Universal Health Care Ballot Initiative Wins Ally in Colorado
Thursday, December 17, 2015
DENVER - One of the state's leading non-partisan voices has endorsed ColoradoCare, a health care plan on next year's November ballot.
Barb Mattison, president of the League of Women Voters of Colorado, says the initiative would ensure all of the state's residents have access to mental health and substance abuse care, a priority for the group.
And she says the plan would also cover thousands of Coloradans currently falling through coverage gaps under the Affordable Care Act.
"We have too many people using emergency rooms for their care," says Mattison. "Every one of us now supports all that through our health care premiums. We need to even things out in Colorado, make care affordable for everyone."
Mattison adds low-income families, as well as people suffering from poor mental health and substance abuse, would be treated the same as any other patients under the initiative. The Colorado State Association of Health Underwriters opposes the plan and told the Denver Post a single-payer system could mean the end of private health insurance.
T.R. Reid, a ColoradoCare spokesperson, has produced health care documentaries for the Public Broadcasting Service series Frontline and is a best-selling author. He says because the measure would cover at least as many Coloradans as the Affordable Care Act, the state could opt out and save almost $5 billion in the first year alone.
"This is better than what we've got now, it gets us out of Obamacare," says Reid. "So this covers everybody, saves money, and it's a plan designed in Colorado, not in Washington D.C."
Reid adds the state's Legislative Council has vetted the economics of the initiative. He says by following Medicare's model, the new plan will spend just four percent of its budget on administrative expenses, compared with private health insurance costs as high as 20 percent.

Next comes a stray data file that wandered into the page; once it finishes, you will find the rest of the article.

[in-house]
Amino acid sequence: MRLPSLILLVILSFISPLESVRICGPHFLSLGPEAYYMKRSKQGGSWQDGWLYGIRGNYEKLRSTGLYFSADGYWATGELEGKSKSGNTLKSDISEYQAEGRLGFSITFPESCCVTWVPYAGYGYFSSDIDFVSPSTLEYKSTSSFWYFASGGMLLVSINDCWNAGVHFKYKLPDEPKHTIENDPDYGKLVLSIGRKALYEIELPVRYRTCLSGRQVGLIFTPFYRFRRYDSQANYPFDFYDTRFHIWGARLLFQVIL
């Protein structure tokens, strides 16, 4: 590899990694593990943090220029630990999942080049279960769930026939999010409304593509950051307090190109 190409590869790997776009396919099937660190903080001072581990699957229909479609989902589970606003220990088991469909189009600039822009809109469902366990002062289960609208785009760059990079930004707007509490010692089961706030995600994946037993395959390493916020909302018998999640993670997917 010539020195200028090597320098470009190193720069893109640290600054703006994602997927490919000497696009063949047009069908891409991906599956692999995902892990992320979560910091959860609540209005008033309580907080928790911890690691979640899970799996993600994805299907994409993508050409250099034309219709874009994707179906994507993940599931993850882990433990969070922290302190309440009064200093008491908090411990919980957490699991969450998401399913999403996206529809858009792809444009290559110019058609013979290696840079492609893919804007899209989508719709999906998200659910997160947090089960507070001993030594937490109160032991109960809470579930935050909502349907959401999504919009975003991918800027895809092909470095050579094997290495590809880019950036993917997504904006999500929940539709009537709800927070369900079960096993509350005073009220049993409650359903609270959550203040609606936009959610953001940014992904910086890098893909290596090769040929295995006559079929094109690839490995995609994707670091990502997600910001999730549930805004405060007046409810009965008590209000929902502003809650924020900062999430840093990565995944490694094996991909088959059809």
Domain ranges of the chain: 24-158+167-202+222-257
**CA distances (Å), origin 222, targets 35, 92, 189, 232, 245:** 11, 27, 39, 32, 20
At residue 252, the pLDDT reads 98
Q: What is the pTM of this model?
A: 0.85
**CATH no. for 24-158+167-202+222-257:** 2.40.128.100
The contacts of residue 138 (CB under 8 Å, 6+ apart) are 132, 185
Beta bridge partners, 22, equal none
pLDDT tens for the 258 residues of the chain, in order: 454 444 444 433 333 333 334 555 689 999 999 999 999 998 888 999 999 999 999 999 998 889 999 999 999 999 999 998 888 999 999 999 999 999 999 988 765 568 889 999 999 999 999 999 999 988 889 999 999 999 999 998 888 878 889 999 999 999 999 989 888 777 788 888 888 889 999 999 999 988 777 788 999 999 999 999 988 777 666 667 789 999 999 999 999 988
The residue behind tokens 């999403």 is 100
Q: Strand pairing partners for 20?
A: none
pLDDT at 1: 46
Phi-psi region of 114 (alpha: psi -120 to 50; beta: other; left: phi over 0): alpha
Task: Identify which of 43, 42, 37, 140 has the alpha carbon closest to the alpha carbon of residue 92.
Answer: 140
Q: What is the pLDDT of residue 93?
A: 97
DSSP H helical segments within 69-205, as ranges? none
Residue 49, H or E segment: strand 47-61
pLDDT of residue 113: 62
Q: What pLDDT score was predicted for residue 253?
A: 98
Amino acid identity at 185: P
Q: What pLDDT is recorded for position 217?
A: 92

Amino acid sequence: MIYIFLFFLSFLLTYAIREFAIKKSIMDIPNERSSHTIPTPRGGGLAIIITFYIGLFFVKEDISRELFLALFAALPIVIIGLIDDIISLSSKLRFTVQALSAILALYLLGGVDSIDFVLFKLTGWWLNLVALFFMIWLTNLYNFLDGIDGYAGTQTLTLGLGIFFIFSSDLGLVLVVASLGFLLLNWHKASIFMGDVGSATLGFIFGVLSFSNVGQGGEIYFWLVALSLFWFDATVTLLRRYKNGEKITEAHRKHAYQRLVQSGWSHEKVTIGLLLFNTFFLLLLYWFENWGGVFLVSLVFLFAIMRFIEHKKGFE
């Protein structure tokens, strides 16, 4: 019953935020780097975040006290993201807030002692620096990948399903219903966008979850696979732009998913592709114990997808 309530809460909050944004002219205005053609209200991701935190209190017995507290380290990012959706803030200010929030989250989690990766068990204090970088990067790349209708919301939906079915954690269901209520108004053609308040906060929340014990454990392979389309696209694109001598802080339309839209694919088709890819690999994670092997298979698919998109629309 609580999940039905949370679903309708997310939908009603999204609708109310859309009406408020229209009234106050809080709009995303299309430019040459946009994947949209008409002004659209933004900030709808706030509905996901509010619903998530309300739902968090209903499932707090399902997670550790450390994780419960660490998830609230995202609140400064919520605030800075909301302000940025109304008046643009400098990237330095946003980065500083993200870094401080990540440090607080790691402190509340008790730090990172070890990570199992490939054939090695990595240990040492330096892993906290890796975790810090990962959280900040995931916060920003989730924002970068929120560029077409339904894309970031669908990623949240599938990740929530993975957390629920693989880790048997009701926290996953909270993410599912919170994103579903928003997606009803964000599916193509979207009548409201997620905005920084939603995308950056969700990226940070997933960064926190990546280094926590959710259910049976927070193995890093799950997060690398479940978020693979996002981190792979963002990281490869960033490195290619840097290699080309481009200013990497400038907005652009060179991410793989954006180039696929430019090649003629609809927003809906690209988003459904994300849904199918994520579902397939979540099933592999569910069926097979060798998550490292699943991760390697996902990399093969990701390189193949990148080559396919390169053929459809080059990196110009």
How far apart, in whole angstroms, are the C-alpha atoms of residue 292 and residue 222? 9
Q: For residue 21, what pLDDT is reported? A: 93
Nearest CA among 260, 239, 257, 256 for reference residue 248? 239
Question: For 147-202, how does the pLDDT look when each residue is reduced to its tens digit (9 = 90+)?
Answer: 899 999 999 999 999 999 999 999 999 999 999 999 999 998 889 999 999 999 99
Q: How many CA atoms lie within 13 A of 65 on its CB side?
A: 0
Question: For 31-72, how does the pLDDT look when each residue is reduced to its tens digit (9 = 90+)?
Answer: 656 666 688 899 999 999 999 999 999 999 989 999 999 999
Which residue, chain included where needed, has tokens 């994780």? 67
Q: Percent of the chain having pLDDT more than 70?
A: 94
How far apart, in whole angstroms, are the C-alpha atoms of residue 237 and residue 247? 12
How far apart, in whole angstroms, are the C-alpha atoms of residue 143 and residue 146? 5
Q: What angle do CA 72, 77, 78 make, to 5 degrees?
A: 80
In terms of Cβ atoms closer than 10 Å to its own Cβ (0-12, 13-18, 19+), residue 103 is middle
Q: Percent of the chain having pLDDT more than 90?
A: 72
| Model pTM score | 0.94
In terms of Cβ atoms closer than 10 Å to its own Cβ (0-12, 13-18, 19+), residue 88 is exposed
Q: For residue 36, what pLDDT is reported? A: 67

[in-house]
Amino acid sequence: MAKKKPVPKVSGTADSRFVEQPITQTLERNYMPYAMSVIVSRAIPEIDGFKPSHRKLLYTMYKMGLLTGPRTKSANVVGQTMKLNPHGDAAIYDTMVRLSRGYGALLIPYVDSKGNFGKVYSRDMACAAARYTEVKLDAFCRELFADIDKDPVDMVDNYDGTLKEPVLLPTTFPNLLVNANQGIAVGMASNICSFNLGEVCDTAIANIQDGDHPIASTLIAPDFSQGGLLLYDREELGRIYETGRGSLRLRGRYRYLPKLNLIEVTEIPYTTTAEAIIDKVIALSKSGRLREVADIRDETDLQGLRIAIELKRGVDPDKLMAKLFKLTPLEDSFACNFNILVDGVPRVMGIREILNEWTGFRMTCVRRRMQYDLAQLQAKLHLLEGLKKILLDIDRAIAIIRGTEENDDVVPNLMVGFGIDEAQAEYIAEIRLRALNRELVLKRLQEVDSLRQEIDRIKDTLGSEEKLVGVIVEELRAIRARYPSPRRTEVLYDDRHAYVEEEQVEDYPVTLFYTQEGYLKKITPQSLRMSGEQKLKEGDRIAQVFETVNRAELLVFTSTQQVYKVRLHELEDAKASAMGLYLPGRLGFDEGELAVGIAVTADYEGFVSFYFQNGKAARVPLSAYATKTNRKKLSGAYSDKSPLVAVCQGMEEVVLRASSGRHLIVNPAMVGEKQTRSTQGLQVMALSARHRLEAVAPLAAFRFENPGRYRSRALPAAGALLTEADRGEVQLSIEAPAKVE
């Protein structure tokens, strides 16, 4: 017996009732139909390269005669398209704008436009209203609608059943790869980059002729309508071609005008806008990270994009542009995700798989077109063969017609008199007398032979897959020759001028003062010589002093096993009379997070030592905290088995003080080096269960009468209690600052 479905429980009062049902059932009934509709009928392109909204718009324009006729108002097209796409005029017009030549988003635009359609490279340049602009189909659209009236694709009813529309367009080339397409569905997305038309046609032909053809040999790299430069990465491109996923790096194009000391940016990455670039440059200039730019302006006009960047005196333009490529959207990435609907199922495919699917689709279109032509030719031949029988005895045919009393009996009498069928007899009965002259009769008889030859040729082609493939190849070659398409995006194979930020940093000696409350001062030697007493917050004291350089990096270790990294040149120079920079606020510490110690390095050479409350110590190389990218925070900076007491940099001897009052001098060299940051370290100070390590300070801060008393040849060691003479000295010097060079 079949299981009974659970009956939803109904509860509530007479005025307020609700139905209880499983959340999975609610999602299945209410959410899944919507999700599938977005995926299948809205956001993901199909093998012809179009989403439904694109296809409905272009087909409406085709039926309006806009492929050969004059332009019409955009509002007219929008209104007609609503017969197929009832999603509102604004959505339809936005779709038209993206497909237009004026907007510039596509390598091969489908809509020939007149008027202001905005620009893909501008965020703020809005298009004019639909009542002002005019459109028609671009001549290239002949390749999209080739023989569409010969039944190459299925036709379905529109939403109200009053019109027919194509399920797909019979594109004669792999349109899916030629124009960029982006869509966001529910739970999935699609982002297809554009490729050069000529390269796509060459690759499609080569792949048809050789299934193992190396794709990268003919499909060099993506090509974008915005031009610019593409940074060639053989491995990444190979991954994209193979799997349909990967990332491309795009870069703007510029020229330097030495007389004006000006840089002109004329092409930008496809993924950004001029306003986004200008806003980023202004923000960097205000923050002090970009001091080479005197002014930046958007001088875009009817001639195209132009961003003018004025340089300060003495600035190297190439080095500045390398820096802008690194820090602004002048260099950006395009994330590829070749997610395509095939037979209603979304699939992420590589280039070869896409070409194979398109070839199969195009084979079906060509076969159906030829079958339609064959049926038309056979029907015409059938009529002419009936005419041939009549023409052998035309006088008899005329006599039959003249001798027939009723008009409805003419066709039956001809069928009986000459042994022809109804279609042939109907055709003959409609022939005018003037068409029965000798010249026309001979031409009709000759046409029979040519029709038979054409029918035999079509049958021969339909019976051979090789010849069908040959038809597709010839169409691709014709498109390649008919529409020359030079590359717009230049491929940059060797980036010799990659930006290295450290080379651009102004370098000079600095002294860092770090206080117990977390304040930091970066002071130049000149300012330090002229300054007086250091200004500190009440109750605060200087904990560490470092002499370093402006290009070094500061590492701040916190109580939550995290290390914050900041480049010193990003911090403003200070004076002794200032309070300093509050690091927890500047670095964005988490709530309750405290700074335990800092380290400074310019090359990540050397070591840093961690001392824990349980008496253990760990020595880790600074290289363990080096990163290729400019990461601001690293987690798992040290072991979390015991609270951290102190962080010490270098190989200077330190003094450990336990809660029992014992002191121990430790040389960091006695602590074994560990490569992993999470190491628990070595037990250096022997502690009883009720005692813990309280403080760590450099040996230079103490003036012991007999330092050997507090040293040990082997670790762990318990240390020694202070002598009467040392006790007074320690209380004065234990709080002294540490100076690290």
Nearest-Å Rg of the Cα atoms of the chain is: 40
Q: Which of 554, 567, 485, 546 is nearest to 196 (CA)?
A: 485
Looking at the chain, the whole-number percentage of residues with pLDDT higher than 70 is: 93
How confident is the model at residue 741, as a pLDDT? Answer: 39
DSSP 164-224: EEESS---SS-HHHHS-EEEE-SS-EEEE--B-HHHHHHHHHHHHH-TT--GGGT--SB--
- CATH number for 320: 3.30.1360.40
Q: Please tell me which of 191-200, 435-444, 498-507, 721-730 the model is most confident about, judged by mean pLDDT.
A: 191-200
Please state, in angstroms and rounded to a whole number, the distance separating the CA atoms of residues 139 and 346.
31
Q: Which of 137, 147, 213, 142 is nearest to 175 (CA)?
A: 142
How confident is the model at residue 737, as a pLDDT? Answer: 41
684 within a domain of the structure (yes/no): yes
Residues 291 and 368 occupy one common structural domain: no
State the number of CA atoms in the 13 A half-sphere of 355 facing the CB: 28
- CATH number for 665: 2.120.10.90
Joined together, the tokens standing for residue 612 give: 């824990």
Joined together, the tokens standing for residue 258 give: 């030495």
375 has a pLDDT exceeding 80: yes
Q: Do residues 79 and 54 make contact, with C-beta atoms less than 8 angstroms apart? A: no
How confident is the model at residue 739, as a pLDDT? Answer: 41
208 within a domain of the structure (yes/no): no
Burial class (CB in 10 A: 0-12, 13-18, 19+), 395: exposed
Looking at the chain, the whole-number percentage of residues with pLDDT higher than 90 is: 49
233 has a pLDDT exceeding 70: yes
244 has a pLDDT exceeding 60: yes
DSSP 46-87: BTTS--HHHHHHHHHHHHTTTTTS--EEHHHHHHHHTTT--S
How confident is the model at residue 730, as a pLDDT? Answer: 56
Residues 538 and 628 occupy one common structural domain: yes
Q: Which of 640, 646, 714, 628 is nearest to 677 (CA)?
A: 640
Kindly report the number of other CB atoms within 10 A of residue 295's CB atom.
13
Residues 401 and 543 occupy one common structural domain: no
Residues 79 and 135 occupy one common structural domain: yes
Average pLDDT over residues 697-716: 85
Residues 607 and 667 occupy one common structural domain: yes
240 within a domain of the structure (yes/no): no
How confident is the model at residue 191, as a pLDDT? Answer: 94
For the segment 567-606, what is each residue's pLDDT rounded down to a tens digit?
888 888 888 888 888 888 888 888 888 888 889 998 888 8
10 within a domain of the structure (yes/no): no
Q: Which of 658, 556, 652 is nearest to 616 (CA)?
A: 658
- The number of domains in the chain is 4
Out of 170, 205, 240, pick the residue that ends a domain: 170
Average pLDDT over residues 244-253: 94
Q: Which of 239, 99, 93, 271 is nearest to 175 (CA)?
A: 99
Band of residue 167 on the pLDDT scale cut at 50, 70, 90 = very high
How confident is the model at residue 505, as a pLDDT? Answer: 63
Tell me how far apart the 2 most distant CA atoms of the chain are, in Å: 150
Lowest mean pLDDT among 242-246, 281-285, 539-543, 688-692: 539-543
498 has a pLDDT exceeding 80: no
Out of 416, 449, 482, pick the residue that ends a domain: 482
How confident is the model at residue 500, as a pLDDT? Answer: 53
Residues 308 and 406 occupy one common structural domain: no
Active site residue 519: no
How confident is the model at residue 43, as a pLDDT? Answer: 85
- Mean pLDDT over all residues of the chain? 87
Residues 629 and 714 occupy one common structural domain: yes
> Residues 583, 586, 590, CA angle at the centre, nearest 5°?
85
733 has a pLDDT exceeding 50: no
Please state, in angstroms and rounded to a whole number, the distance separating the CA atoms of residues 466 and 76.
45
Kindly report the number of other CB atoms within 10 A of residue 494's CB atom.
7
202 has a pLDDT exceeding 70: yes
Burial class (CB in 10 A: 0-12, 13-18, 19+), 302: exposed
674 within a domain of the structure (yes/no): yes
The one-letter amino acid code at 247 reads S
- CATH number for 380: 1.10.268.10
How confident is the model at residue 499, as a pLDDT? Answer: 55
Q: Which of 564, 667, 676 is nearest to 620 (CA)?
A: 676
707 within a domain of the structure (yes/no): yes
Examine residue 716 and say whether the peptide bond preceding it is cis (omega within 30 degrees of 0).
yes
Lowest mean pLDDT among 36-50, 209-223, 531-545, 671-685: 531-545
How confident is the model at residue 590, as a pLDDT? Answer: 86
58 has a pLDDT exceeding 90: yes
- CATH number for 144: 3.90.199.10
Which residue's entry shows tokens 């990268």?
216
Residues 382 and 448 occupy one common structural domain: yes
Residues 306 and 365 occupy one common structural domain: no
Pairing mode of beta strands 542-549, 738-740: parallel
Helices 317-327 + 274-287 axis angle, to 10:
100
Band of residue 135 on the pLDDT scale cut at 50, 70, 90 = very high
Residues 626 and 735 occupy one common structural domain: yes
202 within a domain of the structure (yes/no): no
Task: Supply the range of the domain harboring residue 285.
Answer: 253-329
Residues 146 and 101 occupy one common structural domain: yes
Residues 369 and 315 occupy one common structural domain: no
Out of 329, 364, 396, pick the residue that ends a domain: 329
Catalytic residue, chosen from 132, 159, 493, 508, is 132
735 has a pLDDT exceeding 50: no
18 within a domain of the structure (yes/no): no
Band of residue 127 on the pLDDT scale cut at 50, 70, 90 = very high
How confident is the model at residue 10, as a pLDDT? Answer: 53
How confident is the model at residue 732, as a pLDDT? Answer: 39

Reid says he's looking forward to working with the League of Women Voters' 19 Colorado chapters to help educate the public on the initiative's benefits. That will begin next year.
get more stories like this via email
A Nevada democracy watchdog group said social media, blogs, websites and hyperpartisan news organizations are all working overtime to spread …
Education officials in Ohio want state leaders to invest in free school meals for all students. Pandemic-era federal waivers enabling schools to …
Agriculture researchers say if the U.S. wants more farmers to adopt climate-friendly practices, they will need to be offered some proven incentives…
As the fall harvest season takes shape in South Dakota, an agricultural specialist said there are many ways motorists and farmers can avoid crashes …
Massachusetts residents are being asked to step up, just as they did five years ago, to help their fellow Americans in Puerto Rico. The …
It's been more than 50 years since the White House held a gathering about the effects of hunger across the nation. In 1969, the White House held its …
By Caleigh Wells for KCRW.Broadcast version by Suzanne Potter for California News Service reporting for the KCRW-Public News Service Collaboration Wh…
As the midterm elections approach, there are concerns about whether Latino voters will turn out as much as they have in past elections. In New York…